Insights from the letters of illustrator and author P.D. Eastman ’30
Born in 1909, acclaimed children’s book author, illustrator, and animator Philip Dey “P.D.” Eastman ’30 was raised in a large house near Amherst College, where his father, Clarence, was a professor of German. One of three brothers, young Phil followed the eldest, Tony, to Andover, but transferred to Williston Academy in February of his senior year. (The youngest, Karl Eastman ’32, would follow Phil to Williston.) The reasons behind Phil’s transfer are not noted in his Williston file, but he offers a hint in a 1947 letter to his friend and former French teacher Howard “Boardy” Boardman. “I have always had a warm spot in my heart for Williston because of the circumstances under which I came there,” he wrote from Los Angeles, where as a storyboard artist for United Productions he was helping create the Mr. Magoo cartoons, among others. “It opened its gates to an errant soul in need of adjustment. When you get a bad jolt you need kindness, which I seemed to get at Williston.”
After graduating from Amherst College in 1933 and studying at the National Academy of Design in New York, Eastman worked for the upstart Walt Disney Studios, Warner Bros. cartoons, and others. During World War II, he served making orientation films in the Army’s Signal Corps Film Unit, which happened to be headed by Theodore Geisel, better known today as Dr. Seuss. Geisel would become a mentor and colleague after the war when Eastman moved to Westport, Connecticut, and began writing and illustrating picture books under the Dr. Seuss Beginner Book imprint. Beginning in 1958 with Sam and the Firefly, Eastman turned out a series of childhood classics, including Are You My Mother?, Go, Dog. Go!, and A Fish Out of Water (which he illustrated). Married in 1941 to Mary Louise Witham, he had two sons, one of whom, Tony, also became a book illustrator. Eastman died from Parkinson’s complications in 1986.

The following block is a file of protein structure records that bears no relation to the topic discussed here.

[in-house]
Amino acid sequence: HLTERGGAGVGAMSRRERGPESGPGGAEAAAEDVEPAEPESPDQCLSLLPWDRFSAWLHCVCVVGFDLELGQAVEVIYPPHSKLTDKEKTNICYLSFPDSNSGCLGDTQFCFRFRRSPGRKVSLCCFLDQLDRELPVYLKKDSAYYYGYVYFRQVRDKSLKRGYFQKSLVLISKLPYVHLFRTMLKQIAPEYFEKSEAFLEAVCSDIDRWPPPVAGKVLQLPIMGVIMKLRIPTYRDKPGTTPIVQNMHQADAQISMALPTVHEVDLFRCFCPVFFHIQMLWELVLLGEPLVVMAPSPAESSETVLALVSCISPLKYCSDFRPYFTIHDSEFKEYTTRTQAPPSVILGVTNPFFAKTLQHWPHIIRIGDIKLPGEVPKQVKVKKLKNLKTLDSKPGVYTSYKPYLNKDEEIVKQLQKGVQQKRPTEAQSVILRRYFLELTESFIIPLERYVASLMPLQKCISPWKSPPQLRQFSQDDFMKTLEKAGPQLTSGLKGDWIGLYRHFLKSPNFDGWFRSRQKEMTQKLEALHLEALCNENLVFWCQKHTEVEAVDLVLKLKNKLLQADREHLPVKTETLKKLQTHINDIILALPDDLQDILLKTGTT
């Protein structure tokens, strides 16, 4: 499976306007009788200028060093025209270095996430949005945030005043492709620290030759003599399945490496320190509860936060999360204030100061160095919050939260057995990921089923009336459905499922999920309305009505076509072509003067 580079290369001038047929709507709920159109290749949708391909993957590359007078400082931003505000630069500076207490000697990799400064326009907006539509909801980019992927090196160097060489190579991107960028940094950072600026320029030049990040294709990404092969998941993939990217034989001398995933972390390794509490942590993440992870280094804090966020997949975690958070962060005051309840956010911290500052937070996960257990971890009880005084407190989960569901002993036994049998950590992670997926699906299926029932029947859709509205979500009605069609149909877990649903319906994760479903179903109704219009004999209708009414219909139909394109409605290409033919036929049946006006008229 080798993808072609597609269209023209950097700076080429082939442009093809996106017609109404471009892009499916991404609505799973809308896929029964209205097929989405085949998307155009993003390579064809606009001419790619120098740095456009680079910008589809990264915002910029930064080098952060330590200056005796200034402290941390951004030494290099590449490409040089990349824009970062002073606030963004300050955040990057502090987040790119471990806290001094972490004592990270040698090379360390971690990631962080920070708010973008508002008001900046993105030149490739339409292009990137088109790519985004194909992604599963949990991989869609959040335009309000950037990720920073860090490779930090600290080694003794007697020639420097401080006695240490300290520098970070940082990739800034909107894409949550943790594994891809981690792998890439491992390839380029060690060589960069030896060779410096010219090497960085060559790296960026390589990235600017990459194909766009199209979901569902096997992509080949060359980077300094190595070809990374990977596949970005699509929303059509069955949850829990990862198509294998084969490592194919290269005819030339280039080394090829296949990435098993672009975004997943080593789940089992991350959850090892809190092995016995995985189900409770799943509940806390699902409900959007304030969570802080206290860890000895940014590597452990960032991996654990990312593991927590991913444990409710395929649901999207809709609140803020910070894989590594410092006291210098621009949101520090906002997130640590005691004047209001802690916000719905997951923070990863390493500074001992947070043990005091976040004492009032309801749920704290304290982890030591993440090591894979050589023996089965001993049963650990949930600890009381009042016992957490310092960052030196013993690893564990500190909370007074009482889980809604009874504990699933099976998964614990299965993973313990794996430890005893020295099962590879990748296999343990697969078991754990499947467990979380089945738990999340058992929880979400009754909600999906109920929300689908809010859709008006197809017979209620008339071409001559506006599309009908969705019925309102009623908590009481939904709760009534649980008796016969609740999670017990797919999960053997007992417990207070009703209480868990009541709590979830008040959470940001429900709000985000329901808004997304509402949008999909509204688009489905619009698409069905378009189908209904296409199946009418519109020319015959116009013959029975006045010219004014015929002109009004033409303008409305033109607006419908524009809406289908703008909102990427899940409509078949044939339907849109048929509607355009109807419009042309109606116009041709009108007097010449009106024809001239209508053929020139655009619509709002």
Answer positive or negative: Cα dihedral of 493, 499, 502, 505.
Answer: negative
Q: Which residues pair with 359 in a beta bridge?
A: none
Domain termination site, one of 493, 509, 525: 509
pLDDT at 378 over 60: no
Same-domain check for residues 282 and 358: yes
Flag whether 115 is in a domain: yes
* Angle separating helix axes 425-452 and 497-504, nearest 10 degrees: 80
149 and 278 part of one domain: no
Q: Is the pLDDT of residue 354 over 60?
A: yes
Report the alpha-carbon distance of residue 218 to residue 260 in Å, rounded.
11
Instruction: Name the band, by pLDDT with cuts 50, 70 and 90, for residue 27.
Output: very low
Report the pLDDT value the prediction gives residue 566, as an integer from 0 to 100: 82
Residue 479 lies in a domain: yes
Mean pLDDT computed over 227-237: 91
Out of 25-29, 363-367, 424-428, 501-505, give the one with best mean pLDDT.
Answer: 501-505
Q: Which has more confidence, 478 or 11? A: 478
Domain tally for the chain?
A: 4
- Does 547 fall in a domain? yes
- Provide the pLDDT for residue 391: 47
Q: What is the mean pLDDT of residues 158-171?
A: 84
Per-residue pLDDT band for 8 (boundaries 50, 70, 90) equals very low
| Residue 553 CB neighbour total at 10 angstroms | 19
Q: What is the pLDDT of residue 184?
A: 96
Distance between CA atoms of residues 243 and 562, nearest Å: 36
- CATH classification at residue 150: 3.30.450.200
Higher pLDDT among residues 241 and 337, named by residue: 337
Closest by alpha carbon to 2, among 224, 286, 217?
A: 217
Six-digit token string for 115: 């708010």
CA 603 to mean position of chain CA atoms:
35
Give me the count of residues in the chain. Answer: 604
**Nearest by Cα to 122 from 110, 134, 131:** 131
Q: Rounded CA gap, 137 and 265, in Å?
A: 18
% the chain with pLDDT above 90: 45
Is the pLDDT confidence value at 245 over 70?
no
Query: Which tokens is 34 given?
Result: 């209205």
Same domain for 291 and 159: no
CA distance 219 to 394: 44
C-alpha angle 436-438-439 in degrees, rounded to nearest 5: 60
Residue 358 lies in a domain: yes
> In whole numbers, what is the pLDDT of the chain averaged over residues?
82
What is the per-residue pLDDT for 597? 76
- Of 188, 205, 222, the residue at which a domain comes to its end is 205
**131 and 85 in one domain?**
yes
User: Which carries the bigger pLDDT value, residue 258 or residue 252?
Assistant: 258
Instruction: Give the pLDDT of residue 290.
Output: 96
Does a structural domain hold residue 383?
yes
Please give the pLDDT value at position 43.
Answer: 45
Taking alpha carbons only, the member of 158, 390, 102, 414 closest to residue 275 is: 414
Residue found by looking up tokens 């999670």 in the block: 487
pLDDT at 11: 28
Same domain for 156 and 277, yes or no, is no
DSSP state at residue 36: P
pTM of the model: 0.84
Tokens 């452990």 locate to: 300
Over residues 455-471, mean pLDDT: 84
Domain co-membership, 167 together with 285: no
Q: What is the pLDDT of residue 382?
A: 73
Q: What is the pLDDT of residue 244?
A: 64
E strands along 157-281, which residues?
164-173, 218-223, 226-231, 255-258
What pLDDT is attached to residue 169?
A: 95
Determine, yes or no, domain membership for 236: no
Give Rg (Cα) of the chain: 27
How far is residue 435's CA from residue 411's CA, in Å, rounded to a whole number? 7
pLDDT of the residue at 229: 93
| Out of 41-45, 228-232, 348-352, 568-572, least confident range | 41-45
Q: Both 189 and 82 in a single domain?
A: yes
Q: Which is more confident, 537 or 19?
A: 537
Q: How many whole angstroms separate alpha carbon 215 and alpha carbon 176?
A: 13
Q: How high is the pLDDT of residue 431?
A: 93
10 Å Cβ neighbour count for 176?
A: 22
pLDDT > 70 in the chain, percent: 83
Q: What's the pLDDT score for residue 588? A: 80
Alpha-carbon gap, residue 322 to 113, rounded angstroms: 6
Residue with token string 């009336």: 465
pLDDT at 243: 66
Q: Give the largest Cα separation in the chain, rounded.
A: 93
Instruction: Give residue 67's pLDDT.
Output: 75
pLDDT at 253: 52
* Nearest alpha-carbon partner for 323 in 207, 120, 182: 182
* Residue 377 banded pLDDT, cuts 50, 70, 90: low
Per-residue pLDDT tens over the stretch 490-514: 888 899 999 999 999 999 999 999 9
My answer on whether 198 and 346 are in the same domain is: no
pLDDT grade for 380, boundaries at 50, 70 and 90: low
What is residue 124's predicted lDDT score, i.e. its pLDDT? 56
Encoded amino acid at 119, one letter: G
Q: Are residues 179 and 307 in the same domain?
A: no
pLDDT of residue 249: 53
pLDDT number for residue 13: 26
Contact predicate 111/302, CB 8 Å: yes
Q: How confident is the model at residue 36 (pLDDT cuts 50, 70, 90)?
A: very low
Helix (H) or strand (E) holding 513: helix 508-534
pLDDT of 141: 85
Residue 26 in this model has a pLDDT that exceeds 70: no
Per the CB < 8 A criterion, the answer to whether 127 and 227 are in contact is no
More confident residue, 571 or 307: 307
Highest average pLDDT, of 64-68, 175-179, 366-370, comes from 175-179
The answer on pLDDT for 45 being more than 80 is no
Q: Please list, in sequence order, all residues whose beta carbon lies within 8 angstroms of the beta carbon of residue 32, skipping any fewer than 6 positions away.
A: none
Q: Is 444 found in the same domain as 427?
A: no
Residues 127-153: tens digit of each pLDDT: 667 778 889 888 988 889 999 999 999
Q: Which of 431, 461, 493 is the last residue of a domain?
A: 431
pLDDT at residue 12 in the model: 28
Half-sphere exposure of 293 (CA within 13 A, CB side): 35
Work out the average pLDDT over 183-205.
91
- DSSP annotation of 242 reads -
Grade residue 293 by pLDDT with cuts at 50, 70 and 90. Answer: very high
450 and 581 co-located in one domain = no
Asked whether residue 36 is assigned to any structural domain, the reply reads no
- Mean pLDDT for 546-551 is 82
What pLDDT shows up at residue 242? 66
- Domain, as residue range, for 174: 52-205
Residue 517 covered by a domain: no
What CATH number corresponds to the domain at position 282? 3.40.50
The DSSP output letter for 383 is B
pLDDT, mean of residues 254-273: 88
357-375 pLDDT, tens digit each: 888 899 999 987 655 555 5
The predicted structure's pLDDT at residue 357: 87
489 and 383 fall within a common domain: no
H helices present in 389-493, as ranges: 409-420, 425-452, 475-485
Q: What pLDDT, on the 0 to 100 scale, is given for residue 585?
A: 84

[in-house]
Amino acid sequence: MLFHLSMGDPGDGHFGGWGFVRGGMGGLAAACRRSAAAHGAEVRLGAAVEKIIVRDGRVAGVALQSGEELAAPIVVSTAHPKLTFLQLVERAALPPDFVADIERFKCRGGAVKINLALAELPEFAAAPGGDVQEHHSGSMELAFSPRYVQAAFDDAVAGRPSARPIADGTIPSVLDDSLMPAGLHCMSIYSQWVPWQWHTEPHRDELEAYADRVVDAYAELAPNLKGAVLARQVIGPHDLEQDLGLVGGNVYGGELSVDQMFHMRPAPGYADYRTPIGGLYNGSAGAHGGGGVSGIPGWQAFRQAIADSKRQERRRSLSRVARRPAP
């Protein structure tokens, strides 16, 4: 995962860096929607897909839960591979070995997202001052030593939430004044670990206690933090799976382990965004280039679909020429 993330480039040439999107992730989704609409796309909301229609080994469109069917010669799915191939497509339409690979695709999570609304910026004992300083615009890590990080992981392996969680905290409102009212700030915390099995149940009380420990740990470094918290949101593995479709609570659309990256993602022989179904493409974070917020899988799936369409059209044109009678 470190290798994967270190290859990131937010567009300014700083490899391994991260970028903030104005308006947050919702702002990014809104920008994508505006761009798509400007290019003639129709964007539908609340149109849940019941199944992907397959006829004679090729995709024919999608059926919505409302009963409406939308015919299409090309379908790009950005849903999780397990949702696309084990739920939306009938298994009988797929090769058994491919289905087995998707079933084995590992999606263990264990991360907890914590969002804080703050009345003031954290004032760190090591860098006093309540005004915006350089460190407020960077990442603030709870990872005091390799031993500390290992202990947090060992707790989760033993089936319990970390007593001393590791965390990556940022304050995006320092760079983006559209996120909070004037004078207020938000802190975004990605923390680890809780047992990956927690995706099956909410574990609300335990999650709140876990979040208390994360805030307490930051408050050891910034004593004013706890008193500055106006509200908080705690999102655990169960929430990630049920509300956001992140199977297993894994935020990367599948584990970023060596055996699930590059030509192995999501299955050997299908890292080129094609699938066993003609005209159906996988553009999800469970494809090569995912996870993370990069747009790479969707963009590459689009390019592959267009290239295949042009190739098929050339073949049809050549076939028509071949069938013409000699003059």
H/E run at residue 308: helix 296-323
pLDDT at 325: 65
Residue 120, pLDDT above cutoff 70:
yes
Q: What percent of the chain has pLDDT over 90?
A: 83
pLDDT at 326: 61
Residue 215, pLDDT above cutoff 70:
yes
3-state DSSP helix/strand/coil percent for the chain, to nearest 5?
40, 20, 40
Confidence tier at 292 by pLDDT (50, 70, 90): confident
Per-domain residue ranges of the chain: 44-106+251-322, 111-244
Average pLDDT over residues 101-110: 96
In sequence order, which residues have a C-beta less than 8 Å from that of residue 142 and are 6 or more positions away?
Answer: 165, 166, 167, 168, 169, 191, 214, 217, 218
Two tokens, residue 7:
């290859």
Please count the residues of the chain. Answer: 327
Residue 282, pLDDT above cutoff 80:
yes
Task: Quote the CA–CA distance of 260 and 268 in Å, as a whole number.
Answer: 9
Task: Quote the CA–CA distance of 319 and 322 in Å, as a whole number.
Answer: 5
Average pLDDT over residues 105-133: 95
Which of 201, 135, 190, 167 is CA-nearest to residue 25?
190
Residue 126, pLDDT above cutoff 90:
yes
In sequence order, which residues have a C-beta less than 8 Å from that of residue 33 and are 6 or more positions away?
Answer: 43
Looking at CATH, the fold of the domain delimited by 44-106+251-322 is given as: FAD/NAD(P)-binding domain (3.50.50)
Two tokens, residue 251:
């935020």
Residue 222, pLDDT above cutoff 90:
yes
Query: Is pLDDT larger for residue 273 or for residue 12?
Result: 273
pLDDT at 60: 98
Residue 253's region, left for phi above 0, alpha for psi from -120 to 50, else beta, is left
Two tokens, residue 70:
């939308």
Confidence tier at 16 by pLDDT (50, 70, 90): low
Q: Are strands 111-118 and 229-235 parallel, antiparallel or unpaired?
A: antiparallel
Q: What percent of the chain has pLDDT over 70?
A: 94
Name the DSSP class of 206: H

In 1960, enclosed with a contribution to the school, Eastman sent Boardman and others a note that reflected glowingly on his time in Easthampton, while revealing the playful wit that informs so much of his work. “As I look back upon school years, I am convinced that some of the best teaching I encountered, school or college, was at Williston,” he noted. “The man they had in French was especially good.”